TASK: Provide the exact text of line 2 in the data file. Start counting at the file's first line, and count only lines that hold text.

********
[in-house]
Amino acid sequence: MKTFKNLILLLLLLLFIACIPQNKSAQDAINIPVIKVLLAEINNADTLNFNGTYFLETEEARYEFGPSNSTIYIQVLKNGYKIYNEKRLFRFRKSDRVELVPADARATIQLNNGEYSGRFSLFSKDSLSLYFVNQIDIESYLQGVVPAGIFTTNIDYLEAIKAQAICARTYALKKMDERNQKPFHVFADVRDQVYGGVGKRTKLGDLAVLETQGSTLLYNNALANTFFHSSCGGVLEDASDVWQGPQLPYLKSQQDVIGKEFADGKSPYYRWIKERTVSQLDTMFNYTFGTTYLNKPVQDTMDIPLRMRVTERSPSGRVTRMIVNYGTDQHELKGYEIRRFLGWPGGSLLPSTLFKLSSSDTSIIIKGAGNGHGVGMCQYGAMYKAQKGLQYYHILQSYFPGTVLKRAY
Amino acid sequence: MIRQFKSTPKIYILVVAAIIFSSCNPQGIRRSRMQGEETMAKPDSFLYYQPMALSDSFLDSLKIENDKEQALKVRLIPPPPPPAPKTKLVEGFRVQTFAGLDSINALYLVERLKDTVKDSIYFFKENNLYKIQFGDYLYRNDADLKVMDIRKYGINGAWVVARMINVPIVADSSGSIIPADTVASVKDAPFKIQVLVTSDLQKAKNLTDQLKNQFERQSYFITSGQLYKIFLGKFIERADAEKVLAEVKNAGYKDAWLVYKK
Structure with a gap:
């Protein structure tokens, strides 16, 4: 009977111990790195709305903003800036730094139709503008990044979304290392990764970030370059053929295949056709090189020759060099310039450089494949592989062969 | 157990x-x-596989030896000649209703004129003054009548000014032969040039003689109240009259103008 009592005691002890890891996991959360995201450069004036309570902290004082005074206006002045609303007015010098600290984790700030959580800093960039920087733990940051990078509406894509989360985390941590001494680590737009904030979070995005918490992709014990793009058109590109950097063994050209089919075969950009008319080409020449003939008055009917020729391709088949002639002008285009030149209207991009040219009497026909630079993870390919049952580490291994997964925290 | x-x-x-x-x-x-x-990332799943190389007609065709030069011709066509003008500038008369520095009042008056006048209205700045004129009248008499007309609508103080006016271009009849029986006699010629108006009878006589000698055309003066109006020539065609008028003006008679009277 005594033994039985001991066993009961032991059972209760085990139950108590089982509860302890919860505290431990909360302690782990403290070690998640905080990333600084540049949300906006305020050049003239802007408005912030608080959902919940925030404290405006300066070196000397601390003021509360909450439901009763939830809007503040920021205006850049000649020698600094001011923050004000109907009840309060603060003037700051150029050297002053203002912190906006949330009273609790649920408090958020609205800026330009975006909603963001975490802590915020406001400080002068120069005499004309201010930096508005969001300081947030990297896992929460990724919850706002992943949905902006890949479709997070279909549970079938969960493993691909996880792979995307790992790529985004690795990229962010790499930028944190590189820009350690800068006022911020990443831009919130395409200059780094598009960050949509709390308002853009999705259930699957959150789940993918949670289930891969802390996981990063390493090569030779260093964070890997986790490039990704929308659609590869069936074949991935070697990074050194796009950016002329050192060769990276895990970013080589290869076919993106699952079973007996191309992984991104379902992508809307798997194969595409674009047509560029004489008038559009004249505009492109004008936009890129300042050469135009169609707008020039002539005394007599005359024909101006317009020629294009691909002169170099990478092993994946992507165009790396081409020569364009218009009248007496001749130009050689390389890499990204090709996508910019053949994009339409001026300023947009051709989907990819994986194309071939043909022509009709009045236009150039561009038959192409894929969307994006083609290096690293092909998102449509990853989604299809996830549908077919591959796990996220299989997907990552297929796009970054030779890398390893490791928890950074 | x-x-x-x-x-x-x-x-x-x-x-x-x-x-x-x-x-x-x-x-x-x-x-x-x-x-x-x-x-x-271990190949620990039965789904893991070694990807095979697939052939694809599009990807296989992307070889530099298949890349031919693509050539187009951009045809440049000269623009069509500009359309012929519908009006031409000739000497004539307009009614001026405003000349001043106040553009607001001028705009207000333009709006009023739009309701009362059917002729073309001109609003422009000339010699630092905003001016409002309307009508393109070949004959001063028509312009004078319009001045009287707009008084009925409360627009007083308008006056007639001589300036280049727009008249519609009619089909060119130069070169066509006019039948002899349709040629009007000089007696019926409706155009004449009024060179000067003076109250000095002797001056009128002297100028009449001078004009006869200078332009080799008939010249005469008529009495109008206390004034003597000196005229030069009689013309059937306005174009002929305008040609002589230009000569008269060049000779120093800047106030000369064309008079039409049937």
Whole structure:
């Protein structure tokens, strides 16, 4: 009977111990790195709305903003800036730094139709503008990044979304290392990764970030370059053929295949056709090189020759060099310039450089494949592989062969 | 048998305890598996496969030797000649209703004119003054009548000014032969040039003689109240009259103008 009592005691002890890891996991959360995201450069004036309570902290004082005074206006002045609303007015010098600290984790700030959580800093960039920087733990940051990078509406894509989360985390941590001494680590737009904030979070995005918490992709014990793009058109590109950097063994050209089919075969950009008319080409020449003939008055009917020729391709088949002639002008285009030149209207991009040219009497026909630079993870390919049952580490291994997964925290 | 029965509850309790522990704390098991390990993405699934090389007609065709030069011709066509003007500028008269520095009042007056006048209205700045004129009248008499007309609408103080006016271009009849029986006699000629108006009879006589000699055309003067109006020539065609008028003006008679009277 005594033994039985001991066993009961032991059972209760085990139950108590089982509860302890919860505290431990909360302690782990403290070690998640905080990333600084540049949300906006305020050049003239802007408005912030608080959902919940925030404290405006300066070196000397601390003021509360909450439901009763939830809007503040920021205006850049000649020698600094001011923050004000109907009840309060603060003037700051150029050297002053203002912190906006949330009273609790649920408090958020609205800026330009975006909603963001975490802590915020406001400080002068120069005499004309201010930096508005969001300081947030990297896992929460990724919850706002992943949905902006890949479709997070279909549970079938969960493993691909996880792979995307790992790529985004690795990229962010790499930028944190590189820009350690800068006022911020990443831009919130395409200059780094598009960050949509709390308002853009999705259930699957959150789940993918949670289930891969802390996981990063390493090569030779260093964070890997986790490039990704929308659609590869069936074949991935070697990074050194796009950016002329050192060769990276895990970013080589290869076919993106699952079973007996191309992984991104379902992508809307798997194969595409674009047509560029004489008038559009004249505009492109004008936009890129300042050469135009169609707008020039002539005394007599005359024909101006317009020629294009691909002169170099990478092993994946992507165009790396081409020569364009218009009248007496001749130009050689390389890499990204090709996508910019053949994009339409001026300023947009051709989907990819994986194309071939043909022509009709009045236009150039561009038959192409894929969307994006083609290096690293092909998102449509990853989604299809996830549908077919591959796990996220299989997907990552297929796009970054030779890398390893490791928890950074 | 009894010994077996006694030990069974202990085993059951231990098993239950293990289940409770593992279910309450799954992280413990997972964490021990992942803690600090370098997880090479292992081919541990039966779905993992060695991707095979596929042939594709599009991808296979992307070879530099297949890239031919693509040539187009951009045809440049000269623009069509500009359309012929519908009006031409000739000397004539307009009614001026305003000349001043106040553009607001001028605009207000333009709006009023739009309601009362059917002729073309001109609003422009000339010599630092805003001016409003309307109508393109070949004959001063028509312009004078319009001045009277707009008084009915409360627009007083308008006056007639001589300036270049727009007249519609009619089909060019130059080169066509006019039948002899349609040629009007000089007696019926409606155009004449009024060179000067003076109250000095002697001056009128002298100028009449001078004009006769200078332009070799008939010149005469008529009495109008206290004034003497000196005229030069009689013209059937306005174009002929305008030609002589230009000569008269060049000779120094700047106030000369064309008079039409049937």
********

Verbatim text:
Amino acid sequence: MKTFKNLILLLLLLLFIACIPQNKSAQDAINIPVIKVLLAEINNADTLNFNGTYFLETEEARYEFGPSNSTIYIQVLKNGYKIYNEKRLFRFRKSDRVELVPADARATIQLNNGEYSGRFSLFSKDSLSLYFVNQIDIESYLQGVVPAGIFTTNIDYLEAIKAQAICARTYALKKMDERNQKPFHVFADVRDQVYGGVGKRTKLGDLAVLETQGSTLLYNNALANTFFHSSCGGVLEDASDVWQGPQLPYLKSQQDVIGKEFADGKSPYYRWIKERTVSQLDTMFNYTFGTTYLNKPVQDTMDIPLRMRVTERSPSGRVTRMIVNYGTDQHELKGYEIRRFLGWPGGSLLPSTLFKLSSSDTSIIIKGAGNGHGVGMCQYGAMYKAQKGLQYYHILQSYFPGTVLKRAY